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Polar Biology

, Volume 24, Issue 9, pp 706–712 | Cite as

Habitat use, diet and body size of Heard Island weevils

  •  S. Chown
  •  C. Klok
Original Paper

Abstract.

Habitat use, diet and body-size variation are examined in weevils from Heard Island, with specific attention being given to the Ectemnorhinus viridis species complex. E. viridis shows marked altitudinal variation in body size and vestiture, but there are no consistent associations between body size and diet, nor are there consistent among-individual differences in conventional taxonomic characters. Thus, the status of E. viridis as a single, variable species is maintained. This species occurs from sea level to 600 m and it feeds on vascular plants and bryophytes. Canonopsis sericeus also feeds on bryophytes and vascular plants and occurs over a narrower altitudinal range. Palirhoeus eatoni is restricted to the surpralittoral zone where it feeds on marine algae and lichens. Bothrometopus brevis and B. gracilipes both feed on cryptogams, with the former species occurring from sea level to 450 m, and the latter from 50 to 550 m above sea level. In all species, males are smaller than females and there is a size cline such that populations from higher elevations are smaller than those at lower altitudes. This cline is the reverse of that found on the Prince Edward Islands which, unlike Heard Island, lie to the north of the Antarctic Polar Frontal Zone. This difference in body-size clines between weevils on the two island groups is ascribed to the shorter growing season on the colder Heard Island. The information presented here supports previous ideas regarding the evolution of the Ectemnorhinus-group of weevils on the South Indian Ocean Province Islands, although it suggests that subsequent tests of these hypotheses would profit from the inclusion of molecular systematic work.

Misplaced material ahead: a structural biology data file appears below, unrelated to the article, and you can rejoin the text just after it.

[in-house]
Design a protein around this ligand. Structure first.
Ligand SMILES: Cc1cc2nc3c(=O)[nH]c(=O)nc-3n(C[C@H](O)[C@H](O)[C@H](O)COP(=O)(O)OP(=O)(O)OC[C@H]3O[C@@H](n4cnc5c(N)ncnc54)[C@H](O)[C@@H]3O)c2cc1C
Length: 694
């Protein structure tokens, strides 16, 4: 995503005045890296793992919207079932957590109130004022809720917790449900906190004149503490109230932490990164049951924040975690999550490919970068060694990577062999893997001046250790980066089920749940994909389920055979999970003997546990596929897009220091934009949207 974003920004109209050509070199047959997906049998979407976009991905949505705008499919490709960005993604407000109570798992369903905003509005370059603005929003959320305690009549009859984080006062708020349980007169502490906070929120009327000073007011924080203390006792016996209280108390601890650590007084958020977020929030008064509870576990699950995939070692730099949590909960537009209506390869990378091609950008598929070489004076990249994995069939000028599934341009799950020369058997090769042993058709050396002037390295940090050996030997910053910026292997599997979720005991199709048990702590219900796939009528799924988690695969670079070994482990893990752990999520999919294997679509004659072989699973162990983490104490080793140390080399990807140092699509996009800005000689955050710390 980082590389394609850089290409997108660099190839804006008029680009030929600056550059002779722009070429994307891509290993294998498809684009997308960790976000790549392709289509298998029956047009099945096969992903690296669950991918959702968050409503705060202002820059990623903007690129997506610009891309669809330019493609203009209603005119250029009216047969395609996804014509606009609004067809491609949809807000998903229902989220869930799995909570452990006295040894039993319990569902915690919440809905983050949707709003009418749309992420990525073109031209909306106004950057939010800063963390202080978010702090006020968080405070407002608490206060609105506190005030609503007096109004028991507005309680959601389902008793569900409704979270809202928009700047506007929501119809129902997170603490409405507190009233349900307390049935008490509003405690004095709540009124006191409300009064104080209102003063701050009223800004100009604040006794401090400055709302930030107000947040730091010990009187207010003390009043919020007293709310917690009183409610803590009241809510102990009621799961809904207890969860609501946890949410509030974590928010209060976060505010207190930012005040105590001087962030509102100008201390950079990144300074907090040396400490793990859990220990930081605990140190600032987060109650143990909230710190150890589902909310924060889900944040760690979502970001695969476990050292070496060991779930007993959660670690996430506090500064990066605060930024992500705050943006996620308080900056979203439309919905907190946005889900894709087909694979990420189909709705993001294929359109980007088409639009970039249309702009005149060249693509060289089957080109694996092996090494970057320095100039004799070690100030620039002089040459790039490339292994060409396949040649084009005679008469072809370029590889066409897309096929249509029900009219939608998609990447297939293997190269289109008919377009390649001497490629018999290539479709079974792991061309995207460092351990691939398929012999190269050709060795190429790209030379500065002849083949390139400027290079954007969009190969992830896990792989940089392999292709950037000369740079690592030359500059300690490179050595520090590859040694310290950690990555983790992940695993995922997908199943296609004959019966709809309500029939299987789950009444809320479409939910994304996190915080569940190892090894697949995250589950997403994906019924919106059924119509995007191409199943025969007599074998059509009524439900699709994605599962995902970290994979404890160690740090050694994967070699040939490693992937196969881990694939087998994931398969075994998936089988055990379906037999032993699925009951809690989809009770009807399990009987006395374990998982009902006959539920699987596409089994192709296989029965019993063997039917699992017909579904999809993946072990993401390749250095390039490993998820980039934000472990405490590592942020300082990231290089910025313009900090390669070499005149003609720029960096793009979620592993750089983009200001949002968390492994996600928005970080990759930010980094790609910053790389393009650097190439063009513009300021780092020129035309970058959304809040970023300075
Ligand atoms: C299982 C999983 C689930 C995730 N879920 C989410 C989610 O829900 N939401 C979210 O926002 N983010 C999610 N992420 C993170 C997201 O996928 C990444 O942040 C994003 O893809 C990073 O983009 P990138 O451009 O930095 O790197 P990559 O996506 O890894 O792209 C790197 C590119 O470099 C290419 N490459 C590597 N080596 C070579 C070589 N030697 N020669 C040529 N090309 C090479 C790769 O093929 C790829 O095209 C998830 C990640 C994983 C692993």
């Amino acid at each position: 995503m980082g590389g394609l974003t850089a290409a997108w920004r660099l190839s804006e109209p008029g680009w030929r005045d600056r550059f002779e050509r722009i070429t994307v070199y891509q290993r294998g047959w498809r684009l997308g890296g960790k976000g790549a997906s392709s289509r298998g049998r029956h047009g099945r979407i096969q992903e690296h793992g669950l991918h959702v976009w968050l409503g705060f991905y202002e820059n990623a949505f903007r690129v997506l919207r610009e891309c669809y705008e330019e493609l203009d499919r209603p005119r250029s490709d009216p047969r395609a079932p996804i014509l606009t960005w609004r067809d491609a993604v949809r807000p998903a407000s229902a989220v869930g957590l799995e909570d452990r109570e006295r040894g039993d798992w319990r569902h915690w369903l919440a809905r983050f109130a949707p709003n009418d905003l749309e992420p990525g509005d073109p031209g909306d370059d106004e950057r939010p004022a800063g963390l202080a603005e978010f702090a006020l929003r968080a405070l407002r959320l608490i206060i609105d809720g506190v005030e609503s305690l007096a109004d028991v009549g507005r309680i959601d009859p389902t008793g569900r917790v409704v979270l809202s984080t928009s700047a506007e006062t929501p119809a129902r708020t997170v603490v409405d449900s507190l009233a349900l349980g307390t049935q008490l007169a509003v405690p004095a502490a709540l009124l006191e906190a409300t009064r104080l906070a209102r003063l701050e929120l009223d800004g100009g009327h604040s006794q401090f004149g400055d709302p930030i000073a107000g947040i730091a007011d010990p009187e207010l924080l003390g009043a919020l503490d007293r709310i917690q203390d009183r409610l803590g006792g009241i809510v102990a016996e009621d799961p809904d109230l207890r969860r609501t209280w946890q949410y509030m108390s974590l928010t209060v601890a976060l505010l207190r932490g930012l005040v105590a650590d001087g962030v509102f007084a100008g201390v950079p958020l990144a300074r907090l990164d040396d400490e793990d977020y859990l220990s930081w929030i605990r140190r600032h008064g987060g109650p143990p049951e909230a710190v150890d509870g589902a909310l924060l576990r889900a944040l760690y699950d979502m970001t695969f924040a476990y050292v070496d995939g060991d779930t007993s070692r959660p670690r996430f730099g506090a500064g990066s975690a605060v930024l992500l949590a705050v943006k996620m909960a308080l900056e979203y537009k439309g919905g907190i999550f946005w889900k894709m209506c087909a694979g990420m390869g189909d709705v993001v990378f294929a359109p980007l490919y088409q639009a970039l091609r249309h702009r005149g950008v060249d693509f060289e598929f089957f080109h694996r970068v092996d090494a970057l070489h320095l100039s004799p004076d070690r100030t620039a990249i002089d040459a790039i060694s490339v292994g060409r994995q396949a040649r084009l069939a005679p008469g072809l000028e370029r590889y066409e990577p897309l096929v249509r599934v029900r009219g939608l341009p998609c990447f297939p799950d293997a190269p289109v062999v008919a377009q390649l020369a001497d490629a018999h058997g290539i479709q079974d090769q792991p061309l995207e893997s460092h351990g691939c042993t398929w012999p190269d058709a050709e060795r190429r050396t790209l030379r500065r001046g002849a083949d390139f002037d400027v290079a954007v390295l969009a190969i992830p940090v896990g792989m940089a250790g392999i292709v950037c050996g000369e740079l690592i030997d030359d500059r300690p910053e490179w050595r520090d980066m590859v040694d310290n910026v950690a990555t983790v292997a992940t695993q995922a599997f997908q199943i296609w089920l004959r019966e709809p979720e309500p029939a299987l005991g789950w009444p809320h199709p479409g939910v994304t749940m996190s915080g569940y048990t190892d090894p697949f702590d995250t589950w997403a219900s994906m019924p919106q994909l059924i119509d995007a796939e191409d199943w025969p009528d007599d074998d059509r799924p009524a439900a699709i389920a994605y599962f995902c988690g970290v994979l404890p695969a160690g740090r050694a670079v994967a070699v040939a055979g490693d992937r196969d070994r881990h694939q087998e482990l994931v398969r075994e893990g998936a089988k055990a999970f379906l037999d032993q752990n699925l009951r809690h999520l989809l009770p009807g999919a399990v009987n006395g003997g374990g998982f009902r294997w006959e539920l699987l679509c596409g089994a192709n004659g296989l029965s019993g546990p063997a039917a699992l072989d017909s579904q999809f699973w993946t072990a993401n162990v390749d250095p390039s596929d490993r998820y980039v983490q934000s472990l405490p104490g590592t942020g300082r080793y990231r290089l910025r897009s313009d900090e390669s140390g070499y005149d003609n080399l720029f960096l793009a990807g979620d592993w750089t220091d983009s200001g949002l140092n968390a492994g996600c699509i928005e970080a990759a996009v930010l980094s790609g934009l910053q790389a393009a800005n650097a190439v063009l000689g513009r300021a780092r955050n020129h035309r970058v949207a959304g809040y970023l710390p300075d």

Keywords

Frontal Zone Altitudinal Range Taxonomic Character Polar Frontal South Indian Ocean 
These keywords were added by machine and not by the authors. This process is experimental and the keywords may be updated as the learning algorithm improves.

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Copyright information

© Springer-Verlag 2001

Authors and Affiliations

  •  S. Chown
    • 1
  •  C. Klok
    • 1
  1. 1.Department of Zoology & Entomology, University of Pretoria, Pretoria 0002, South Africa

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